Mind-blowing #MedX

Sounds like a different title if you read it real fast! Ha!

Well, here we are, almost a month out from #MedX. What a trip of a lifetime, holy moly! Going into it, I didn’t realize how much it would change my life for the better. My brain feels like it is overflowing with information, and I don’t know how to get it all out on this virtual paper. So I’ll start here…

Tonight, I presented to my hospital/clinic advisory committee my top 3 things from MedX that impacted me the most. I will talk about one now.

“Playing doctor” in the simulation lab.
I had to tell an actress/patient that she had the made-up fatal disease called Syndrome X, and the only way to treat it was with the super expensive drug called Medicine X. I skimmed through her medical exam, ignored her telling me her husband had recently died, and jumped to her diagnosis, treatment, and waved her goodbye in an often too real situation.

Then we debriefed! I don’t know if it is an honor or not to be told by Tessa Richards, senior editor from the BMJ, that you(me) were rude to a patient! (I sat across the table from Tessa Richards from the BMJ…holy exciting, nerding out moment, I have a journalism major and health minor!!!)
After a heated debate of what it’s really like as a patient and/or doctor…I had to drop the truth bomb! I was THAT patient who had those doctors skim over MY emotional hurt.

In the spring of 2009, my best friend went missing under suspicious circumstances, was found a month later in the Mississippi River, his autopsies showed more suspicious evidence, the police swept it all under the rug, it was in the news a ton, lots of traumatic things happened, my name was in the news a lot…and then it was all too real.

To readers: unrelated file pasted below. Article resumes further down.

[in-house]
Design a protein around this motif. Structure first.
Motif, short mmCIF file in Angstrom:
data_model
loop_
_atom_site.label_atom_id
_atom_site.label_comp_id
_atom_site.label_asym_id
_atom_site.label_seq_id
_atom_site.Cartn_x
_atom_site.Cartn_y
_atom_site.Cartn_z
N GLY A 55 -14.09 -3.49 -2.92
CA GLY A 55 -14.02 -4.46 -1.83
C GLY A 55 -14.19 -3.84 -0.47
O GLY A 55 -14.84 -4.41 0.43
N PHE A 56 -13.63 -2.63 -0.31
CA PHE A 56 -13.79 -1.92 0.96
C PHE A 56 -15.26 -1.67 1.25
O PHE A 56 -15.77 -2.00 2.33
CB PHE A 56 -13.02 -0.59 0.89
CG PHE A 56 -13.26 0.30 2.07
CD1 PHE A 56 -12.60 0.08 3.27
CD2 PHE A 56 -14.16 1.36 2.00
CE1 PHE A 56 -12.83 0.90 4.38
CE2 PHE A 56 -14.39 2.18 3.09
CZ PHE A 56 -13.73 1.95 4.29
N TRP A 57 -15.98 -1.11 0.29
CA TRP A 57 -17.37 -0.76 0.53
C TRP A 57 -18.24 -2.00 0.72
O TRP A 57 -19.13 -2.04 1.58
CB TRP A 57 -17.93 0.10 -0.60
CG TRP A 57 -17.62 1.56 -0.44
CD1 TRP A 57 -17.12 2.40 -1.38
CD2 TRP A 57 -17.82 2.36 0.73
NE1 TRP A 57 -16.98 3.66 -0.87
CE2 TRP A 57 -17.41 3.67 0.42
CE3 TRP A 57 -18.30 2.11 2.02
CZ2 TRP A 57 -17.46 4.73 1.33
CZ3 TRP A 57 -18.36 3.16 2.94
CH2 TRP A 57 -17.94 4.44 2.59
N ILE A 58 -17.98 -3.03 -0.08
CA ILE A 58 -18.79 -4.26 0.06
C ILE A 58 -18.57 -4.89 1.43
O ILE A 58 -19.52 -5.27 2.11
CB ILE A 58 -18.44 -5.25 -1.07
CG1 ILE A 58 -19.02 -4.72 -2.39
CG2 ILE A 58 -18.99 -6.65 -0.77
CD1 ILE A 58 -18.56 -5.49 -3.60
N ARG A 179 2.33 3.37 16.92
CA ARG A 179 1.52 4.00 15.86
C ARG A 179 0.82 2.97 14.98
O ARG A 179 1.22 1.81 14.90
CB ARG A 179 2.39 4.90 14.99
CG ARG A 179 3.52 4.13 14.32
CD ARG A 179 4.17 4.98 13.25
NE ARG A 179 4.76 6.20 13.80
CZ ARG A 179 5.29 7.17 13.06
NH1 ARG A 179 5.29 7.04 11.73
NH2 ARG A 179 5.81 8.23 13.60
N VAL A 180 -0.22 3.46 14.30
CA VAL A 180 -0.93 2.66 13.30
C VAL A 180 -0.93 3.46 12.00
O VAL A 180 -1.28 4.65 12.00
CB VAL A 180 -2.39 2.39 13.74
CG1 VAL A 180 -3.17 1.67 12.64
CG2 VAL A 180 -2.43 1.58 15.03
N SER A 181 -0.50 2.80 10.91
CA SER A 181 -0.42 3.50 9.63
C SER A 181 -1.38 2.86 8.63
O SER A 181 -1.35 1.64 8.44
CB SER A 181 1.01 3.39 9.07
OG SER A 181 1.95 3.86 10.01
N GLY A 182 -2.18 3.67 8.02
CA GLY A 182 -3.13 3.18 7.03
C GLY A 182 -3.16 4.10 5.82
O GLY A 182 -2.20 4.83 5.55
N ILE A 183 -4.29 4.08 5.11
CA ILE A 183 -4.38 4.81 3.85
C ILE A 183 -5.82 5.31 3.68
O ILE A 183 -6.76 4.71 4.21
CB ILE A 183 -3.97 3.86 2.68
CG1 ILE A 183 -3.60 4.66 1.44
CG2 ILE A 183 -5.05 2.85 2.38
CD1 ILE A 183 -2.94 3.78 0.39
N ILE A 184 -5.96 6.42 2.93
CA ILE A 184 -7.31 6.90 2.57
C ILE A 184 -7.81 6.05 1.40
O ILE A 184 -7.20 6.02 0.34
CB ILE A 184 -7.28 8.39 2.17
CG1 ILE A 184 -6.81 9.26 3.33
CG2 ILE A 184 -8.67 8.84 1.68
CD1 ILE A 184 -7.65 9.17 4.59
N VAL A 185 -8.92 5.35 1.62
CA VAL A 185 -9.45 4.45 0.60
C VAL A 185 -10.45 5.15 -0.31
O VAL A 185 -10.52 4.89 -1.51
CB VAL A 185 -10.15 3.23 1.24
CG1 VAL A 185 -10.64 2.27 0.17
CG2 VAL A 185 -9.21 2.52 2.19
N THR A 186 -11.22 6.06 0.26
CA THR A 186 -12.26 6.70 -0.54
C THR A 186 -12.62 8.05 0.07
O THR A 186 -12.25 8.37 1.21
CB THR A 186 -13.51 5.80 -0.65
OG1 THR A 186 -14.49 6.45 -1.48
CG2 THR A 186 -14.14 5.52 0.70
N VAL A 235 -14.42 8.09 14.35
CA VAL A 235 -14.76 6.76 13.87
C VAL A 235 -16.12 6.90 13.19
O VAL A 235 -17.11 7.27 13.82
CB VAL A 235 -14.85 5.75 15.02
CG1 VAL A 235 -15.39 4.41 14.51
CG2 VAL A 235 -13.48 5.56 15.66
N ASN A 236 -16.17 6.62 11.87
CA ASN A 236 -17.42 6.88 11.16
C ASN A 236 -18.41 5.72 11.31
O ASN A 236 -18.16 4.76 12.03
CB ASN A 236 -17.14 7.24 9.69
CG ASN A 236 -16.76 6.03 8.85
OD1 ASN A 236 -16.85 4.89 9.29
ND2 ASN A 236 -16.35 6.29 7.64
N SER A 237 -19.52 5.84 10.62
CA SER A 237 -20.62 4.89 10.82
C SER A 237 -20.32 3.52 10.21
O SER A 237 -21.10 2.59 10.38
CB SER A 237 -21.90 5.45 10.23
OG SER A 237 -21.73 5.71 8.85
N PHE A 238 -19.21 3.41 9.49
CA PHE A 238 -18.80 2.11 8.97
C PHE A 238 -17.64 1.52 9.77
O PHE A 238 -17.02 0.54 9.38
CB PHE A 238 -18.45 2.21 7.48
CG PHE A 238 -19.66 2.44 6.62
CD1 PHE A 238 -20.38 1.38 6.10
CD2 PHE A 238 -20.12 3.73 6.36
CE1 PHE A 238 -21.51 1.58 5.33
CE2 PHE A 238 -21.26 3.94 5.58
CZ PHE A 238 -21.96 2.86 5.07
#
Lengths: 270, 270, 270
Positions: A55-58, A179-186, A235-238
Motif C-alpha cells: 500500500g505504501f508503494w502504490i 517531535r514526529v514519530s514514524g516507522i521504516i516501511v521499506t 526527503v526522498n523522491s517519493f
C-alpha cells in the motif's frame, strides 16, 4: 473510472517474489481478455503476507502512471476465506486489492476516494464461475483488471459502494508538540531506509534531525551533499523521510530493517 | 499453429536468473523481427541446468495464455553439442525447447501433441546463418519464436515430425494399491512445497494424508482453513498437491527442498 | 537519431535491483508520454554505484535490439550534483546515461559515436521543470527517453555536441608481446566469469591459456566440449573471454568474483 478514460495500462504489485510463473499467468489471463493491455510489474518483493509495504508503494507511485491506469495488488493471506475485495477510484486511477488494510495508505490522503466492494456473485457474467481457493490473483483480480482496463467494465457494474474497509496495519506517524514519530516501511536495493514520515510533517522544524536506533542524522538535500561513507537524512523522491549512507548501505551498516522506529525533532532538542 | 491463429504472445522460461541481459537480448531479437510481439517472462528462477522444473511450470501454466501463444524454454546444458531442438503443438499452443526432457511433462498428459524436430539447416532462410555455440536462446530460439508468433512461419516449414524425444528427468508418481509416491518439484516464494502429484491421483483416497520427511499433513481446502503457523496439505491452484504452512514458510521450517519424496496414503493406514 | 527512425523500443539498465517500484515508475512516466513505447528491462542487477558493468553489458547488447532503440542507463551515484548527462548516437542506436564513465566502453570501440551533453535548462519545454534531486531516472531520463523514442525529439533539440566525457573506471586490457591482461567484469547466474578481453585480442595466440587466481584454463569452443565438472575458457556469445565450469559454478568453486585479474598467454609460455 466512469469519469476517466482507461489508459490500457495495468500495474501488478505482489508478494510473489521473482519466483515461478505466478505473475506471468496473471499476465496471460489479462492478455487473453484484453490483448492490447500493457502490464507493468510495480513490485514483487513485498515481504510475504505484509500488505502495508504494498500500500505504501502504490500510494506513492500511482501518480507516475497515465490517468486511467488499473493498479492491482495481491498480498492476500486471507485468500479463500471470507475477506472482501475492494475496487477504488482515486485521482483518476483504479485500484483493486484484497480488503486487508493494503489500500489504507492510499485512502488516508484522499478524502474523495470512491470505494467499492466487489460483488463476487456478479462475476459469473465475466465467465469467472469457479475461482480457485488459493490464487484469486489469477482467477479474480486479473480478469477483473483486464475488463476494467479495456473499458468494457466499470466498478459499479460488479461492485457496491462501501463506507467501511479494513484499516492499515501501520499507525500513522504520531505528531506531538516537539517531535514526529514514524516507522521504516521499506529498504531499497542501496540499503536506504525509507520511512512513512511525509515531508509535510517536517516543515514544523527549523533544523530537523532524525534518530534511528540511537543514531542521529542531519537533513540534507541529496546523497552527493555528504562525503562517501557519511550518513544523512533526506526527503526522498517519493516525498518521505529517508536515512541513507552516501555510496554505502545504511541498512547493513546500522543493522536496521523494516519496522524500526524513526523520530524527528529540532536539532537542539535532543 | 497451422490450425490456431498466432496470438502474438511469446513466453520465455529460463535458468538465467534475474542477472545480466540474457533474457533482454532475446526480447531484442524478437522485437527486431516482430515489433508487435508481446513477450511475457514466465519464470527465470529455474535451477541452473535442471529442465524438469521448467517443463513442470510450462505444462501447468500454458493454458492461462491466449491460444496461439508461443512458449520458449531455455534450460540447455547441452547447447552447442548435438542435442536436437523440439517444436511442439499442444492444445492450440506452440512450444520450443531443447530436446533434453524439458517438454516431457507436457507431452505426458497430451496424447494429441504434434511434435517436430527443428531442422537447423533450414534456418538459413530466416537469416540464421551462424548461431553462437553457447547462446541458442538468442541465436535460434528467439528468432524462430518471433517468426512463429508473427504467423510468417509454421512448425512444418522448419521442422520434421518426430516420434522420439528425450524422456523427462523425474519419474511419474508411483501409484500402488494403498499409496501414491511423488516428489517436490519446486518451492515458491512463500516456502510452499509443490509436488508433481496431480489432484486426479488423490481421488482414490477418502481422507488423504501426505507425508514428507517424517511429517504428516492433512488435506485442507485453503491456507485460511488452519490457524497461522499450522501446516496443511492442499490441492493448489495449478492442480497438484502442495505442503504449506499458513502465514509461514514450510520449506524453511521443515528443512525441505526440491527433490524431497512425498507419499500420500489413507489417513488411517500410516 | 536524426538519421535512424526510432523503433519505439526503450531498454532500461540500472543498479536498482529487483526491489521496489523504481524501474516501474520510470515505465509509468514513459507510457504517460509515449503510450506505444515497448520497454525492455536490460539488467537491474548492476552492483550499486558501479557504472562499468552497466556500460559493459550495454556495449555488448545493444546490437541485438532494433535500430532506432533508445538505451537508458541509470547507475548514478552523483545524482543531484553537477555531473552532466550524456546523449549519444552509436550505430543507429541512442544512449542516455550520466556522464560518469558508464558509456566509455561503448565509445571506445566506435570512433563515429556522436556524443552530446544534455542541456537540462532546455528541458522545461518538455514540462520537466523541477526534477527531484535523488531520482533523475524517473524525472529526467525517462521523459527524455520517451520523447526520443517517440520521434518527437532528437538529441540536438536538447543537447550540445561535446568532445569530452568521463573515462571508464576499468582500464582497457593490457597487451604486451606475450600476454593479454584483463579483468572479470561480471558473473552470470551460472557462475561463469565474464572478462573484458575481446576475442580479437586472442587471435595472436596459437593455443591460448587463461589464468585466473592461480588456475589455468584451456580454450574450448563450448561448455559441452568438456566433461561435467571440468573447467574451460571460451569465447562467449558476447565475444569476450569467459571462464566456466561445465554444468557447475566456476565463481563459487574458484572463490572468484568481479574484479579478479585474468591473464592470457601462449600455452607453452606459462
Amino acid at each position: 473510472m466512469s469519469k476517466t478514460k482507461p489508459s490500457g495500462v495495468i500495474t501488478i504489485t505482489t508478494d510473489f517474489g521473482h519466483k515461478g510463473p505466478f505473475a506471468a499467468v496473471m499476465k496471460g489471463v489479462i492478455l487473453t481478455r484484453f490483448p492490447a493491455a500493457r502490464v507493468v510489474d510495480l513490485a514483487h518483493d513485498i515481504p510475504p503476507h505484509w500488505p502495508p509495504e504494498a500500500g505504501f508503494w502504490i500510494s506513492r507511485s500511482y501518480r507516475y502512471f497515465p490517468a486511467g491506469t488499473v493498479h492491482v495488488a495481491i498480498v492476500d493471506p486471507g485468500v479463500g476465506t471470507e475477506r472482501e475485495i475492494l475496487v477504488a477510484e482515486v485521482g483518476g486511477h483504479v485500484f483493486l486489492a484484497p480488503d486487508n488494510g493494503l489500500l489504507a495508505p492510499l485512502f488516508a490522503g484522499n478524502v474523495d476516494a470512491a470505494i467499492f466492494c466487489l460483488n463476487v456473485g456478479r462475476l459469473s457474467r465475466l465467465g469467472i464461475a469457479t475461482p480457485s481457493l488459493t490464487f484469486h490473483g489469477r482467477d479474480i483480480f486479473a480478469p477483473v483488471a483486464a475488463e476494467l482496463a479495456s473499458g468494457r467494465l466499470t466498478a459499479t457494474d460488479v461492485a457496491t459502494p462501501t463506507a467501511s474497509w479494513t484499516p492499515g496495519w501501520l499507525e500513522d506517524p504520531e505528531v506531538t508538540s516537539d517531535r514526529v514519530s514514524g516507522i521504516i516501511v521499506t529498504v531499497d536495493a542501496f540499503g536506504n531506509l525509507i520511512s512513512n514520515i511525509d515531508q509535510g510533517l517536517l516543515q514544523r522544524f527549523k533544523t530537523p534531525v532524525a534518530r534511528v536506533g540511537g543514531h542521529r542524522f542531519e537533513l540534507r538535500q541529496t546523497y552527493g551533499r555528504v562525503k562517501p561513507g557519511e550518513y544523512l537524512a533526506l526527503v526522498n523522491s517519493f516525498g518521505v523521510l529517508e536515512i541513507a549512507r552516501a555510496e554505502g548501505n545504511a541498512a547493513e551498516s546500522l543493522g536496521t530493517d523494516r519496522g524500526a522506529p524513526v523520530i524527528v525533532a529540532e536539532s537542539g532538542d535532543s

I was young and depressed, had chronic disease(s), and my doctors skimmed right over the fact that I wanted AND needed help. I was THAT patient. The very people that were supposed to help me…skimmed right over.

The time in the simulation lab made us all real people. Suddenly, we were all on the same, level-playing field, because they saw how we see them and vice versa. I think we all could have sat in that room and talked for hours, because we all had a new connection with one another. We had better understandings and wanted to make communication in the healthcare world better.

The whole conference felt like one big happy family! Let’s be honest, some doctors and researchers can be intimidating! But at MedX, I felt like we could all look one another in the eye and just be people. I have never felt that anywhere else in my life. It made me so damn happy to be there and learn from providers, researchers, med students, patients, and other people that had a connection to the healthcare world.

After MedX, I had an appointment with my rheumatologist and neurologist. I wished I could have bundled you all up and brought you with to my appointments. You people make me whole!

I love all of you!

What #MedX means to me and other ramblings

Hi worldly-people,

My name is Britta, if you haven’t already figured that one out. I have blogged in the past at blog names I can’t remember, because they didn’t go anywhere, and on Chronically Young, which many of you chronic illness friends may recall. After a couple year hiatus, I am back! With a new page, a new address, a new host, and a blog name that will probably confuse many.